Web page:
LIVING SAFER SEXUAL LIVES - A TRAINING AND RESOURCE PACK FOR PEOPLE WITH LEARNING DISABILITIES AND THOSE WHO SUPPORT THEM. By Patsie Frawley, Kelley Johnson, Lynne Hillier and Lyn Harrison. 260pp ringbinder format, plus 27-minute video. Published by Pavilion in conjunction with La Trobe University. ISBN 1-841 96115-9, pound;264.38.
This comprehensive and extensive publication makes a significant contribution to the fields of sexual knowledge, advocacy and independence for people with learning difficulties, their families or carers and professional staff from various disciplines.
It is a major research-based resource which has been piloted internationally. There are three distinct elements to commend it following a concise introduction.
First, issues of sexuality and sexual freedom are supported by detailed research and rationale in part one, which offers a comprehensive overview.
This section explores definitions and terms, issues and concerns, the aims of the research project, development and evaluating associated workshops.
Second, part two has three distinct sections that make a valuable support and training package. There is guidance about preparing the workshops, workshop outlines and assessing policy. Photocopyable materials and useful support information is included.
Workshop outlines and planned activities for people with learning difficulties, their families, carers and staff from a variety of jurisdictions are clearly set out. Knowing about sexuality and people with learning difficulties, attitudes and values, rights and sexuality, being safe and policy and practice are key areas for exploration and these are all supported by extensive background material.
The third part offers OHPs, handouts, transcripts of 16 related stories that also reflect part of the accompanying video.
In using the stories to illustrate major points, great consideration has been given to matching stories and recipient groups, and in presenting life stories that reflect diversity. There are also country-specific materials for consideration.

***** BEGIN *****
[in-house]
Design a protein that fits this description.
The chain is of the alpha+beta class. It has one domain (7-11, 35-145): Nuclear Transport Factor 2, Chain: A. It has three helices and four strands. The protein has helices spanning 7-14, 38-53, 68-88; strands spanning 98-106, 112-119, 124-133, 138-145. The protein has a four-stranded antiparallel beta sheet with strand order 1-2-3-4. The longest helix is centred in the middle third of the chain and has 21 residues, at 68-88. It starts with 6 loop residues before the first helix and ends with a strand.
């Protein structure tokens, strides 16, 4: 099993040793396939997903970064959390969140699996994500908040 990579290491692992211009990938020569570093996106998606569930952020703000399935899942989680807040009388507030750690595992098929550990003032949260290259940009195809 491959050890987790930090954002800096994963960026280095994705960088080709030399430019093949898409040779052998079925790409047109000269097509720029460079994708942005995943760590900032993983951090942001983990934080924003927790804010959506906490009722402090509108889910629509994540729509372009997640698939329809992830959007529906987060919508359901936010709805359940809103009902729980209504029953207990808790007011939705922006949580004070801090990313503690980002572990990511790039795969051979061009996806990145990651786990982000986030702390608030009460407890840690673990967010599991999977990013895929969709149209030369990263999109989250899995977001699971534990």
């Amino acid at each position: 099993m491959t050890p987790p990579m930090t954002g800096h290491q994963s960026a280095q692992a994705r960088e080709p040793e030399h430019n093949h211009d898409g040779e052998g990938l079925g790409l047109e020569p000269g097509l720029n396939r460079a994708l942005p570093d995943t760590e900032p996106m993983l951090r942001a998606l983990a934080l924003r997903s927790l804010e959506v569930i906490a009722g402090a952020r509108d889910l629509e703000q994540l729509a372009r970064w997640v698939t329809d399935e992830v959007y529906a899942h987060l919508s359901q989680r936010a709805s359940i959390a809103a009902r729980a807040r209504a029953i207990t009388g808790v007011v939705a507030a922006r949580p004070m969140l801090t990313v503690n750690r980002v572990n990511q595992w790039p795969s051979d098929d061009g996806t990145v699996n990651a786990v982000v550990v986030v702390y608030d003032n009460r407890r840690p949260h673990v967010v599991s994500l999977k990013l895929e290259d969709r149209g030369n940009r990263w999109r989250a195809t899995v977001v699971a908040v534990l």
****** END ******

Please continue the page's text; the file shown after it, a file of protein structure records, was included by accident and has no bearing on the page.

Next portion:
The stories are all from people with learning difficulties and explore matters of sexual experiences and attitudes in conjunction with a training appendix. The video has actors with learning difficulties relating life stories for illustration and discussion purposes.
Further, the pack looks at rights, duty of care, "dignity of risk", safer sex, contraception, privacy, consent, diversity, resources, positive sexual behaviours and support, abuse issues, working with families, assessments and decision-making.
Additional help is contained in the appendices, which contain a number of resource lists and introduces sex and the 3Rs, sex and staff training, sexual assault - when sex is not OK - and books about masturbation.
This publication is not cheap but it has an extensive, relevant and applicable quality content to commend it. Living Safer Sexual Lives would be very helpful to a consortium or federation of schools, training agencies or specialist providers (social services, health authorities or the independentcharitable sector promoting health, autonomy, maturation and growth). As a publication it may well be used in some aspects of counselling and associated therapies.